Alternative title(s): Kujira no Kora wa Sajou ni Utau
Manga Adaptation by J.C. Staff
Streaming on Netflix (when complete)
Chakuro is the writer and archivist of the Mud Whale, a tiny island that floats across a sea of sand. 9 out of 10 of the inhabitants are blessed with magical powers, but these powers also doom them to a short lifespan. While exploring another island one day, Chakuro and his friends discover a mysterious girl who may come from a world beyond their knowing.
Zigg’s verdict: Sand Songs (Say So Much)
This was an absolute delight and definitely one of the most unexpected high points of the season. There’s probably a touch too much ‘as you know’ exposition here, but it’s in service of a rich and interesting world that’s very different from pretty much anything we’ve seen before, and one that’s packed full of intriguing concepts. I’m particularly fascinated by the idea of a world where having superpowers is normal, simultaneously married to the idea of a society that’s mostly extremely youthful turning that apparent imbalance on its head. The themes of a hidden world and the youthful quest for exploration are well worn but always welcome, and despite J.C Staff’s rather dubious reputation it even manages to look mostly fantastic, mostly due to its charming aesthetic and some gorgeous background work.
It’s all very…Ghibli-esque, which is of course usually the kiss of death for such a show, since it’s a pretty impossible standard to live up to. I’m also reminded of two other recent shows, Gargantia on the Verdurous Planet for its ocean bound community and freewheeling spirit, and From the New World for its foreboding mix of ancient magic and conspiracy. Both those stories showed promise but ultimately failed to stick the landing, but I’m hoping Children of the Whales can evoke their soul without suffering their downfall, because there’s undoubtedly a wonderfully heady cocktail of ideas here.
Marlin’s verdict: αυτο ην αγαθον!
You’ll have to forgive me, anime keeps giving me really unique ways to apply what I’m learning to my experience. I was looking forward to this show, anything that promises the scope of Gargantia on the Verdurous Planet is at least worth checking out. It’s good to know the first episode really delivers on that promise. There’s a lot of good world-building that helps to ground Xakupw’s experience.(seriously I can’t help myself) It also does a good job of both showing and telling, with his job being ship chronicler it also feels completely natural. What I’m most interested in is the true nature of the Thalymas powers. We know they are powered by emotion, but also that the society specifically tries to limit emotional expression. Are the powers linked to why the world has turned into its strange desert state? It reminds me a lot of From the New World, another super powered dystopia. In it, emotions must be limited because they literally tear the minds of their users apart and turn them into unstoppable monsters. The only thing that confused me is that the Elders seemed to point to a lack of emotions being the problem in those from the outside world. We’ll have to wait and see what the true nature is.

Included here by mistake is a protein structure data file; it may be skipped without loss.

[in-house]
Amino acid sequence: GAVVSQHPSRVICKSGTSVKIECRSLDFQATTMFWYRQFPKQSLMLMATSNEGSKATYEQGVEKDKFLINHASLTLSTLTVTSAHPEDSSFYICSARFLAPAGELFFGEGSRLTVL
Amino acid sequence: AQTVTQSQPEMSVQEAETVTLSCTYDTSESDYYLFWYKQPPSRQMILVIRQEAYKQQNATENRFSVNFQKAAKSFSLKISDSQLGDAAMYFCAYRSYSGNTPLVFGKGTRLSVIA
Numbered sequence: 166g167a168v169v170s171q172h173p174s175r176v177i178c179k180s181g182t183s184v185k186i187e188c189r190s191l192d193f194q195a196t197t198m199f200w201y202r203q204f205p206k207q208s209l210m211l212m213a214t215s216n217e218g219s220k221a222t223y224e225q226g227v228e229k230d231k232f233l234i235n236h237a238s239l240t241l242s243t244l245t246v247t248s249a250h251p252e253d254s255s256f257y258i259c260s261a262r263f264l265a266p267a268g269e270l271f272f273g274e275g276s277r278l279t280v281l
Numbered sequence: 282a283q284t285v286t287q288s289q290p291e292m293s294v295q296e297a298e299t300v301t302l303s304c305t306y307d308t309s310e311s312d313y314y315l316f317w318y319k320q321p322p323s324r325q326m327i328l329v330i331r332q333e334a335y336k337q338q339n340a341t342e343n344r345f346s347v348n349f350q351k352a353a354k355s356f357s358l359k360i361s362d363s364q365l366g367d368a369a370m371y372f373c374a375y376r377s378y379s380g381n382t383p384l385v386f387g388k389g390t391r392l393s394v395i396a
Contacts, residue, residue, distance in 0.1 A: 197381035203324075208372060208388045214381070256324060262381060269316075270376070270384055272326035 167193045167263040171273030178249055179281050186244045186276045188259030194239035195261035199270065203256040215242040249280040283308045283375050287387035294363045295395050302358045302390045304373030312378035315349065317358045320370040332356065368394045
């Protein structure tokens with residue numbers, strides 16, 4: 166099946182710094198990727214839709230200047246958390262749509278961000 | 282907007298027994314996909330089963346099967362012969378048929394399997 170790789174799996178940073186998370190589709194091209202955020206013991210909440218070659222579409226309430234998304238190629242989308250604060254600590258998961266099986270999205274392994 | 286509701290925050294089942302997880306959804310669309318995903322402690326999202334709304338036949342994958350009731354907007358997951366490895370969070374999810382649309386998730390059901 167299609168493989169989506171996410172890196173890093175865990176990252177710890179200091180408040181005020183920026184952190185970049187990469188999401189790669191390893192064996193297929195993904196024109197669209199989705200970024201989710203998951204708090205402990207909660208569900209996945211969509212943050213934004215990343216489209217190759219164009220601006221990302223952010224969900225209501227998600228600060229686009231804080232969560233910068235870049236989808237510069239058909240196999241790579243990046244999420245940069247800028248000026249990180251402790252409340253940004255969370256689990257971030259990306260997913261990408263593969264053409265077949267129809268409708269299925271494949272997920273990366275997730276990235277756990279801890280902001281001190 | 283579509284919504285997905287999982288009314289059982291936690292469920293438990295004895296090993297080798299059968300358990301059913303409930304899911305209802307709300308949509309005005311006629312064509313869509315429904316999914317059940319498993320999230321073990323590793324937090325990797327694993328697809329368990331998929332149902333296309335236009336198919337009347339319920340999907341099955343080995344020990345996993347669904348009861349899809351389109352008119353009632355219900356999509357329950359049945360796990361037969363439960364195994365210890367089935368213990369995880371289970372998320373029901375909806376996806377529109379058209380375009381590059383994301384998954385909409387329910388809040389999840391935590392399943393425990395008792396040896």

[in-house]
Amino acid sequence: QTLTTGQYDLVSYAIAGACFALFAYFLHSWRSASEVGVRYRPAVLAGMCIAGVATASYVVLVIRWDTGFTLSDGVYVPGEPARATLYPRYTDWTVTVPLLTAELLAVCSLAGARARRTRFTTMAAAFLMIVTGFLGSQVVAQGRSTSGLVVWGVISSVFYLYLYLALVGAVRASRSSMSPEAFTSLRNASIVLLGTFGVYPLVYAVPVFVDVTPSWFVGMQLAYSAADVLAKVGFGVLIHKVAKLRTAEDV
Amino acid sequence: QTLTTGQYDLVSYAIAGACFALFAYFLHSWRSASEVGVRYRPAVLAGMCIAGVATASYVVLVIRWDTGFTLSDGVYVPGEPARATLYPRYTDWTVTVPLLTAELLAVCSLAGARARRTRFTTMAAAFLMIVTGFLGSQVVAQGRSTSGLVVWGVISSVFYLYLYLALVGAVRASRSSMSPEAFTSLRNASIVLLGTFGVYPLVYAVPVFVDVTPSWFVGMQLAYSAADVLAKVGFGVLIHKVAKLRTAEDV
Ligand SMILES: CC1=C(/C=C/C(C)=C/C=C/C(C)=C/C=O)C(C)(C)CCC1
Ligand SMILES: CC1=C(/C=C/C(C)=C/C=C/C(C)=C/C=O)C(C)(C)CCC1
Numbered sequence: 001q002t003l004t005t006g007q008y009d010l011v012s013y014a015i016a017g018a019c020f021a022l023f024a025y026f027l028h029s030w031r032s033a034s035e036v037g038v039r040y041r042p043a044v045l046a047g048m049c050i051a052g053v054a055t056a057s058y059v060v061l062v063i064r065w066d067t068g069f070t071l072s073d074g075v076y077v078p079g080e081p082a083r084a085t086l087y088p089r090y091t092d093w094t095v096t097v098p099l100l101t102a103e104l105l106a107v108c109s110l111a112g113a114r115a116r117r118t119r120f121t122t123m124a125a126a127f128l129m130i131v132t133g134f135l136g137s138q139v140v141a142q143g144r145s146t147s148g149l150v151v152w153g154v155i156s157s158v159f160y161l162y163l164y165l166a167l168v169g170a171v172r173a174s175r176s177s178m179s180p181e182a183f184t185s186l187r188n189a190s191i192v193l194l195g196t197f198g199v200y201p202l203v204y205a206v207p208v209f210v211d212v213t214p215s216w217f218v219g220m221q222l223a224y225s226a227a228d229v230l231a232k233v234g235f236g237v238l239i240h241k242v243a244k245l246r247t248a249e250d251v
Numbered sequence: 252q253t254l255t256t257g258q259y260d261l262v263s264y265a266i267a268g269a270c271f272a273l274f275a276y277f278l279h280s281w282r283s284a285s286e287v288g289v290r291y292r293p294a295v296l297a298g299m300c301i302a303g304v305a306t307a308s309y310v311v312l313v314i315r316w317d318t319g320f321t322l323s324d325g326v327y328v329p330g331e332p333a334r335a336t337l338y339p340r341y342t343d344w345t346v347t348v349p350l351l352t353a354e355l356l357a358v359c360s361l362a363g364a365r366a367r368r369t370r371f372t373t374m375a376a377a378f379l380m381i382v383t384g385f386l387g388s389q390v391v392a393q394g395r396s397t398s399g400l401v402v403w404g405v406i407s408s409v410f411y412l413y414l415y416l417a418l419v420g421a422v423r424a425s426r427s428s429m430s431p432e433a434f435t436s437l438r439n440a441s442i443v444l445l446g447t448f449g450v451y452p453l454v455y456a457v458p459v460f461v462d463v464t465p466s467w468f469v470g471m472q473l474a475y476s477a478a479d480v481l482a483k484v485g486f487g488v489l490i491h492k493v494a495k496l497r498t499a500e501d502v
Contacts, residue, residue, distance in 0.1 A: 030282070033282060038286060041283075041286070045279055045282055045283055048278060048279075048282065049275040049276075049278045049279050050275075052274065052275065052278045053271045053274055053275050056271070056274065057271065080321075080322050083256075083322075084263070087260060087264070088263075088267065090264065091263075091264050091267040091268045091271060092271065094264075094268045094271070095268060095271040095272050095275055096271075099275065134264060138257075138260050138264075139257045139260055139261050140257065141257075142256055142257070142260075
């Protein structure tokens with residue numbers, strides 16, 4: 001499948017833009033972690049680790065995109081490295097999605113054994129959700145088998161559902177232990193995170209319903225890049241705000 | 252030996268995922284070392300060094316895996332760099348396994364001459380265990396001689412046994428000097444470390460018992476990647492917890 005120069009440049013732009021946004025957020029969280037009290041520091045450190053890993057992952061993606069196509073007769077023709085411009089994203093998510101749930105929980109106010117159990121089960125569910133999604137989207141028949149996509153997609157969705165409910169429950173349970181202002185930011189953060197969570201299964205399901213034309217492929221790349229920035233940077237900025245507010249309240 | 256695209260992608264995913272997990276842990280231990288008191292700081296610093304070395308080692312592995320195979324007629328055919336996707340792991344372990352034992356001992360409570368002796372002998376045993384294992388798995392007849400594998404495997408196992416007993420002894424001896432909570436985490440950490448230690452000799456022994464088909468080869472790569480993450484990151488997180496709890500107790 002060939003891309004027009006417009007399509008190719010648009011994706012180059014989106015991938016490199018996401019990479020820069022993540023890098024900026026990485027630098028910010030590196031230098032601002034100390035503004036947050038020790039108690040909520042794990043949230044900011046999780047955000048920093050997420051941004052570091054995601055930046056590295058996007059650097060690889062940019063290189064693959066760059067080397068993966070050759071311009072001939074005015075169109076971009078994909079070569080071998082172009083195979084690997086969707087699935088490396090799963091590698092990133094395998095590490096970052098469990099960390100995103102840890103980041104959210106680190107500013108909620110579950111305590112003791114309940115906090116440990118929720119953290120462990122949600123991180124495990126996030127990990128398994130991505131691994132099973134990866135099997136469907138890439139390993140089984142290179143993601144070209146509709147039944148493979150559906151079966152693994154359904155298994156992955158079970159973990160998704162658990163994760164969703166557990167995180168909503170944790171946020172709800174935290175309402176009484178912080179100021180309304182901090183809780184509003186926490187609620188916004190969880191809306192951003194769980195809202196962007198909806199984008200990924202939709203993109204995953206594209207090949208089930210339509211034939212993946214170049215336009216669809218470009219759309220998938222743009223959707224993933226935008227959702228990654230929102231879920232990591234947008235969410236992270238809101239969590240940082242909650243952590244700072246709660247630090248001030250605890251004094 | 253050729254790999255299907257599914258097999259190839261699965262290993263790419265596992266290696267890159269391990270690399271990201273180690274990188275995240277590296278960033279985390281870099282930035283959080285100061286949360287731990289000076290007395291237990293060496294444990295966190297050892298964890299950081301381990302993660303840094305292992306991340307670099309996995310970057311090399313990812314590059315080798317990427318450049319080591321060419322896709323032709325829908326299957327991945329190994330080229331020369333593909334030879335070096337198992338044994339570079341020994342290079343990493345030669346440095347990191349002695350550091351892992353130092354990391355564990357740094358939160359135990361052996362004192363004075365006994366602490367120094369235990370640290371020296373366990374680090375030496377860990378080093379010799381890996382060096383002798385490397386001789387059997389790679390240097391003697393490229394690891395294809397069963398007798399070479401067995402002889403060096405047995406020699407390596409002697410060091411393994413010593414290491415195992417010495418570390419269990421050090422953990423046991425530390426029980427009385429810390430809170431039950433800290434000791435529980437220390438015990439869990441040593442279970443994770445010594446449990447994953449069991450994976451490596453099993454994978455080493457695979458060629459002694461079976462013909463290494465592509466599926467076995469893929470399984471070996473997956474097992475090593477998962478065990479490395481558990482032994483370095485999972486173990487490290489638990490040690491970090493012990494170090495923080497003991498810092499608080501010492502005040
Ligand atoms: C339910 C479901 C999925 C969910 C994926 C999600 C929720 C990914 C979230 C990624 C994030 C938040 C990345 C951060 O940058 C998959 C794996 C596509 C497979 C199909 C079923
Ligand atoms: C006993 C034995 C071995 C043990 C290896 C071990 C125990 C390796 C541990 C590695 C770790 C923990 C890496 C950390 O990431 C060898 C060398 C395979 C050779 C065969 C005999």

I’m enjoying the characters a lot so far. As I said, Xakupw does a good job as the main character in his knowledge of the world to give us context. Lukos fills the role of Eureka here, a powerful but emotionless girl who captures the MC’s curiosity. The real wild card is Ouvi, who seems to be more like the real coming of age hero. He’s brash, powerful, and desperate to know about the world. It’s this determination that’s brought the three together, and I can’t wait to see how they play off each other. Obviously Sami won’t be too far behind, I enjoy the energy she brought to scenes so hopefully she too will become a part of this travelling band before long.
Artemis’ verdict: Surprise Winner
Now this, I was not anticipating. I’d even say the premiere managed to edge out over The Ancient Magus’ Bride for me, and given how much I was/am looking forward to that show, that’s saying a lot. For the record, I knew absolutely nothing about Children of the Whales going into it other than the brief synopsis I read several months ago and mostly forgot about. My expectations for the series therefore weren’t so much low as they were nonexistent – although if I had bothered to look up Children of the Whales before watching, the knowledge that it’s being directed by Kyohei Ishiguro and produced by J.C.Staff wouldn’t exactly have thrilled me.
Based on the first episode though, it seems a very safe bet that I’ll be keeping it around; the story has the potential to be both unique and far-reaching, and the characters to be both interesting and sympathetic. The overall feeling I got was something like Nausicaä or Laputa meets Gargantia on the Verdurous Planet; a sci-fi/fantasy adventure narrative with a strong social focus and the potential for a lot of really solid world-building. This is exactly the kind of scope I want from my anime, and a much-welcome diversion from your typical high school setting, bishounen/idol-filled cast, or fanservice-laden action piece. Add to this the incredibly soft but lush artwork, and I’d say we have a surprise winner on our hands.